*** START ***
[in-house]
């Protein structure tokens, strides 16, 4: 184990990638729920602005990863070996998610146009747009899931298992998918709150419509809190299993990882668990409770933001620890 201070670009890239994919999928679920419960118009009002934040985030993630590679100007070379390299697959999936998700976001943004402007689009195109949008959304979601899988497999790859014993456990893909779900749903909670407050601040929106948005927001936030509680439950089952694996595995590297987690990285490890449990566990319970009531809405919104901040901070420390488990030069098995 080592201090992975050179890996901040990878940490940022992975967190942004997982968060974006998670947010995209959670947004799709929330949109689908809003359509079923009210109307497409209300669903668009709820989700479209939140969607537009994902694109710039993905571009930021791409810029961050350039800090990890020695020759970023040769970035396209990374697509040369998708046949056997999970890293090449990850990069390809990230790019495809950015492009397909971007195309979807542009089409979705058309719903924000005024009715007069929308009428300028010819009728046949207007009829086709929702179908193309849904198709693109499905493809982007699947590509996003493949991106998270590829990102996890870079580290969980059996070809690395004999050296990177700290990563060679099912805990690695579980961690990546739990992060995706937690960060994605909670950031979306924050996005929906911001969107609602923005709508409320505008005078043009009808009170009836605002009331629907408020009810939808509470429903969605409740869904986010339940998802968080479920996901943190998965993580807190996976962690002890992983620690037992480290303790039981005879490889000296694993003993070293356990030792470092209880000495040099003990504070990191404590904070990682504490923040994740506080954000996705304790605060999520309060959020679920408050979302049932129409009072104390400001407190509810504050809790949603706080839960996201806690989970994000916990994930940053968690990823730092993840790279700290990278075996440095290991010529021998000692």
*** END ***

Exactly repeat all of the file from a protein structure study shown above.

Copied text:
[in-house]
């Protein structure tokens, strides 16, 4: 184990990638729920602005990863070996998610146009747009899931298992998918709150419509809190299993990882668990409770933001620890 201070670009890239994919999928679920419960118009009002934040985030993630590679100007070379390299697959999936998700976001943004402007689009195109949008959304979601899988497999790859014993456990893909779900749903909670407050601040929106948005927001936030509680439950089952694996595995590297987690990285490890449990566990319970009531809405919104901040901070420390488990030069098995 080592201090992975050179890996901040990878940490940022992975967190942004997982968060974006998670947010995209959670947004799709929330949109689908809003359509079923009210109307497409209300669903668009709820989700479209939140969607537009994902694109710039993905571009930021791409810029961050350039800090990890020695020759970023040769970035396209990374697509040369998708046949056997999970890293090449990850990069390809990230790019495809950015492009397909971007195309979807542009089409979705058309719903924000005024009715007069929308009428300028010819009728046949207007009829086709929702179908193309849904198709693109499905493809982007699947590509996003493949991106998270590829990102996890870079580290969980059996070809690395004999050296990177700290990563060679099912805990690695579980961690990546739990992060995706937690960060994605909670950031979306924050996005929906911001969107609602923005709508409320505008005078043009009808009170009836605002009331629907408020009810939808509470429903969605409740869904986010339940998802968080479920996901943190998965993580807190996976962690002890992983620690037992480290303790039981005879490889000296694993003993070293356990030792470092209880000495040099003990504070990191404590904070990682504490923040994740506080954000996705304790605060999520309060959020679920408050979302049932129409009072104390400001407190509810504050809790949603706080839960996201806690989970994000916990994930940053968690990823730092993840790279700290990278075996440095290991010529021998000692």